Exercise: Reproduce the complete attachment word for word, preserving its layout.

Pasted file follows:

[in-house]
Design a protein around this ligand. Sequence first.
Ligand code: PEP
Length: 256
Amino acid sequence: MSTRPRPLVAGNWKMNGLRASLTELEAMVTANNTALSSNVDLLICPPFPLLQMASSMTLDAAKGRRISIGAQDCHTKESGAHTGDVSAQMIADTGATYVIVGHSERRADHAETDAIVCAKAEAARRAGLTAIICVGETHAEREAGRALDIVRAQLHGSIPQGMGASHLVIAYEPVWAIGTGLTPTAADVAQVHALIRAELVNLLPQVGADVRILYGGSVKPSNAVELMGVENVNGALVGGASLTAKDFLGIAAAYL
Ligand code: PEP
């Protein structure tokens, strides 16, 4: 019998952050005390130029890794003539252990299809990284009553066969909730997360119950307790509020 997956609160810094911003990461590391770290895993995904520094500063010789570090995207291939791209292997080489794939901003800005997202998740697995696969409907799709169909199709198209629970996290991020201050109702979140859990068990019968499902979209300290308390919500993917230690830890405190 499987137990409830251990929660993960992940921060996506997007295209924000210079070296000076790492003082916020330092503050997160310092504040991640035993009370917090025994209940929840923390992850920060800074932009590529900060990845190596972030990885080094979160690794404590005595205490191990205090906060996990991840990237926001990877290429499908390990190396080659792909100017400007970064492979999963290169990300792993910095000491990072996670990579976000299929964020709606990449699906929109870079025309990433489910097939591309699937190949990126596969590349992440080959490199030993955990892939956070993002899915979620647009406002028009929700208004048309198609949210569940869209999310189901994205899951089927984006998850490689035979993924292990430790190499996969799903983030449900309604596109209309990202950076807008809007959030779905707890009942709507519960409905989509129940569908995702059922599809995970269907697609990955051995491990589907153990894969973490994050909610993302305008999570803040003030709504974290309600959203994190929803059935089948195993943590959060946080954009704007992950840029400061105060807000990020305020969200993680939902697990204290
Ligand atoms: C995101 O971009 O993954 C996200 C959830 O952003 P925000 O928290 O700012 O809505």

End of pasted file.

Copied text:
[in-house]
Design a protein around this ligand. Sequence first.
Ligand code: PEP
Length: 256
Amino acid sequence: MSTRPRPLVAGNWKMNGLRASLTELEAMVTANNTALSSNVDLLICPPFPLLQMASSMTLDAAKGRRISIGAQDCHTKESGAHTGDVSAQMIADTGATYVIVGHSERRADHAETDAIVCAKAEAARRAGLTAIICVGETHAEREAGRALDIVRAQLHGSIPQGMGASHLVIAYEPVWAIGTGLTPTAADVAQVHALIRAELVNLLPQVGADVRILYGGSVKPSNAVELMGVENVNGALVGGASLTAKDFLGIAAAYL
Ligand code: PEP
């Protein structure tokens, strides 16, 4: 019998952050005390130029890794003539252990299809990284009553066969909730997360119950307790509020 997956609160810094911003990461590391770290895993995904520094500063010789570090995207291939791209292997080489794939901003800005997202998740697995696969409907799709169909199709198209629970996290991020201050109702979140859990068990019968499902979209300290308390919500993917230690830890405190 499987137990409830251990929660993960992940921060996506997007295209924000210079070296000076790492003082916020330092503050997160310092504040991640035993009370917090025994209940929840923390992850920060800074932009590529900060990845190596972030990885080094979160690794404590005595205490191990205090906060996990991840990237926001990877290429499908390990190396080659792909100017400007970064492979999963290169990300792993910095000491990072996670990579976000299929964020709606990449699906929109870079025309990433489910097939591309699937190949990126596969590349992440080959490199030993955990892939956070993002899915979620647009406002028009929700208004048309198609949210569940869209999310189901994205899951089927984006998850490689035979993924292990430790190499996969799903983030449900309604596109209309990202950076807008809007959030779905707890009942709507519960409905989509129940569908995702059922599809995970269907697609990955051995491990589907153990894969973490994050909610993302305008999570803040003030709504974290309600959203994190929803059935089948195993943590959060946080954009704007992950840029400061105060807000990020305020969200993680939902697990204290
Ligand atoms: C995101 O971009 O993954 C996200 C959830 O952003 P925000 O928290 O700012 O809505």